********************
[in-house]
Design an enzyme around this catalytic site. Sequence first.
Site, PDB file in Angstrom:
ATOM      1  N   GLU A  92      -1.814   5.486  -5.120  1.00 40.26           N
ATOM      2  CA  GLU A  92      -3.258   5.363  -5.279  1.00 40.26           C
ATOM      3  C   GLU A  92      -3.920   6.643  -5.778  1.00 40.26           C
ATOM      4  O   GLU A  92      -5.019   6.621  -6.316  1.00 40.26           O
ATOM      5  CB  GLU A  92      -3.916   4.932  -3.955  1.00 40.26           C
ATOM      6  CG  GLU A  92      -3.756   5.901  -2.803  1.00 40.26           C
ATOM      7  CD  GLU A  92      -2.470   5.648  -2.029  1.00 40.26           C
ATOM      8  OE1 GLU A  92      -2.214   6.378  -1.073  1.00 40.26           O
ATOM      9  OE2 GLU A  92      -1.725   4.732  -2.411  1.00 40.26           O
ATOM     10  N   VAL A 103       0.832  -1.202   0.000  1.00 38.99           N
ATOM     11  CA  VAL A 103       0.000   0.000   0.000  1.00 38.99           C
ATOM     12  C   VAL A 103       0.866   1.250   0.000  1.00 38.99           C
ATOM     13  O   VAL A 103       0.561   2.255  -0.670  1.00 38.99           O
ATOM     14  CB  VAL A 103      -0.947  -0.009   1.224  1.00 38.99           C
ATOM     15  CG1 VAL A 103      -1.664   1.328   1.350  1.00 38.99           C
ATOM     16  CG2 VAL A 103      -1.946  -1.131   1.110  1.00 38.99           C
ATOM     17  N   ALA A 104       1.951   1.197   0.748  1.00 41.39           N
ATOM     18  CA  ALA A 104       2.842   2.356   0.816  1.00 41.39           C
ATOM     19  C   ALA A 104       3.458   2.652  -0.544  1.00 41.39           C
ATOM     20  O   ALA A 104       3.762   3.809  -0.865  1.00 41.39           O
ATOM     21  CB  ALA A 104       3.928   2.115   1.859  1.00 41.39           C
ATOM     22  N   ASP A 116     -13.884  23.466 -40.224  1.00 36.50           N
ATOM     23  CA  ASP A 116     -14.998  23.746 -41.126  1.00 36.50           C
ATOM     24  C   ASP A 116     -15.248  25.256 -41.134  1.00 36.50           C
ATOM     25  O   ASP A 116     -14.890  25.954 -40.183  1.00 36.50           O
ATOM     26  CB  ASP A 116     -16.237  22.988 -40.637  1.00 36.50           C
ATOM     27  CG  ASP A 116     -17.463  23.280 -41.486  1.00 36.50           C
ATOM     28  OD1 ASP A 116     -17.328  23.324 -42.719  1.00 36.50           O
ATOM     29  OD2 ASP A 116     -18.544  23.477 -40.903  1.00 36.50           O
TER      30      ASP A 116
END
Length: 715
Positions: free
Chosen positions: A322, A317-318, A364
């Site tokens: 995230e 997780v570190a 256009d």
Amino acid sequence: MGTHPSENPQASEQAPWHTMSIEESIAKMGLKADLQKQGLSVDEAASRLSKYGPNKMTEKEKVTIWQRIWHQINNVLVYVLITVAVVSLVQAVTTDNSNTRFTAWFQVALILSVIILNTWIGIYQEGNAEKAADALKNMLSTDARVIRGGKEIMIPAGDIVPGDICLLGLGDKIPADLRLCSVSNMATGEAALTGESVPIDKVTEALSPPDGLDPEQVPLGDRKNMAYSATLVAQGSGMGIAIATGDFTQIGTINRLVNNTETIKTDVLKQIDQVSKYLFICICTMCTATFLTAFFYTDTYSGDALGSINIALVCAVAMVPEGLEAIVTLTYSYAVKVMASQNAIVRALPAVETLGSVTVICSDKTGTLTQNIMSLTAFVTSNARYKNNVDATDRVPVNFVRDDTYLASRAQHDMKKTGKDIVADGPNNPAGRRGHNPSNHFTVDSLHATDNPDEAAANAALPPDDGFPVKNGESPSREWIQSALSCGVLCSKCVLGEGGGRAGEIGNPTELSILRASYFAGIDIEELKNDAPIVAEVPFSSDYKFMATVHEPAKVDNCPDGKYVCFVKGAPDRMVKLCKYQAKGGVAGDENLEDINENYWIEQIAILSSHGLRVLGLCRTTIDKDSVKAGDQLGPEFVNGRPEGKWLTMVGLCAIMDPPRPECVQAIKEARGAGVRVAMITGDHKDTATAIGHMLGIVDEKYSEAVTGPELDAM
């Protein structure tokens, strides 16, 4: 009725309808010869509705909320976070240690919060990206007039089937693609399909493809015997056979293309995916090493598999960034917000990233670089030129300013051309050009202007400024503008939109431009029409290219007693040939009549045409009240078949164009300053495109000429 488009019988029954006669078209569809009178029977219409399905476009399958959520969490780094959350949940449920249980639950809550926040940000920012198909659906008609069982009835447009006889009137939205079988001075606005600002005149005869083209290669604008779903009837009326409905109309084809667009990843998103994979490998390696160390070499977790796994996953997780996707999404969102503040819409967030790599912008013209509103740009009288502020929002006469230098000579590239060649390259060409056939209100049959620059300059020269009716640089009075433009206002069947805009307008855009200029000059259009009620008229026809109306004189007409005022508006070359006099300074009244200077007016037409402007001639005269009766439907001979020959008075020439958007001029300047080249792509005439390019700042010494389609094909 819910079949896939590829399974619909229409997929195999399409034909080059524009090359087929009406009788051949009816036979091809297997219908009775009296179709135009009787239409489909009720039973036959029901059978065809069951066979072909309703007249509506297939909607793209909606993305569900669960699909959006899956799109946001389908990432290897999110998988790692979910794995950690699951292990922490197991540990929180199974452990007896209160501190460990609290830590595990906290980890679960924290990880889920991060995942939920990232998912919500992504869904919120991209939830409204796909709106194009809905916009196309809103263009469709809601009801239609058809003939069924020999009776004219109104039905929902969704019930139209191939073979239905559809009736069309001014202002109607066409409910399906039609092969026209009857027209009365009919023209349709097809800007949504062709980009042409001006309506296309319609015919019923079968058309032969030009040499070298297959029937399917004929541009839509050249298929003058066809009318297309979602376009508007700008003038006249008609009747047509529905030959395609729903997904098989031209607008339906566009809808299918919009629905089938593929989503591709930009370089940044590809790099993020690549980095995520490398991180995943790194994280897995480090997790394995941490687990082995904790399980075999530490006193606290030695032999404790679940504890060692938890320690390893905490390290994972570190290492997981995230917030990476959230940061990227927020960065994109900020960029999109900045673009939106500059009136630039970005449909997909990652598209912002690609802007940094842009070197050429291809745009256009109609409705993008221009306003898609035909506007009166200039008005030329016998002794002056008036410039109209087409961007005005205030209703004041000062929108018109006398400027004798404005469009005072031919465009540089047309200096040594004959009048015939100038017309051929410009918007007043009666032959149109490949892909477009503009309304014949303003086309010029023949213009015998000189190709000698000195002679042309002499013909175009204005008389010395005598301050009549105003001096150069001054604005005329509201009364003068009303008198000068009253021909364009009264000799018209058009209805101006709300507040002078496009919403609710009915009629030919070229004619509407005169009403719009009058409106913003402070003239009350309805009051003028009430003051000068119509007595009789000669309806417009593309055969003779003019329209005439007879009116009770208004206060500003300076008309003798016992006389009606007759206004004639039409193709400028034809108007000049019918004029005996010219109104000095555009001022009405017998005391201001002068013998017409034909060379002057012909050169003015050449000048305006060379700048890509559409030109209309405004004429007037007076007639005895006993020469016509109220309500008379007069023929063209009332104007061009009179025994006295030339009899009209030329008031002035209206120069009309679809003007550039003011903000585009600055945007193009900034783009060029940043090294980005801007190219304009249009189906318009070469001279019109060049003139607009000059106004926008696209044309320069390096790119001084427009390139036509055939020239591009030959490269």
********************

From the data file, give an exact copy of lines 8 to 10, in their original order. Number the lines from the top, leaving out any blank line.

ATOM      5  CB  GLU A  92      -3.916   4.932  -3.955  1.00 40.26           C
ATOM      6  CG  GLU A  92      -3.756   5.901  -2.803  1.00 40.26           C
ATOM      7  CD  GLU A  92      -2.470   5.648  -2.029  1.00 40.26           C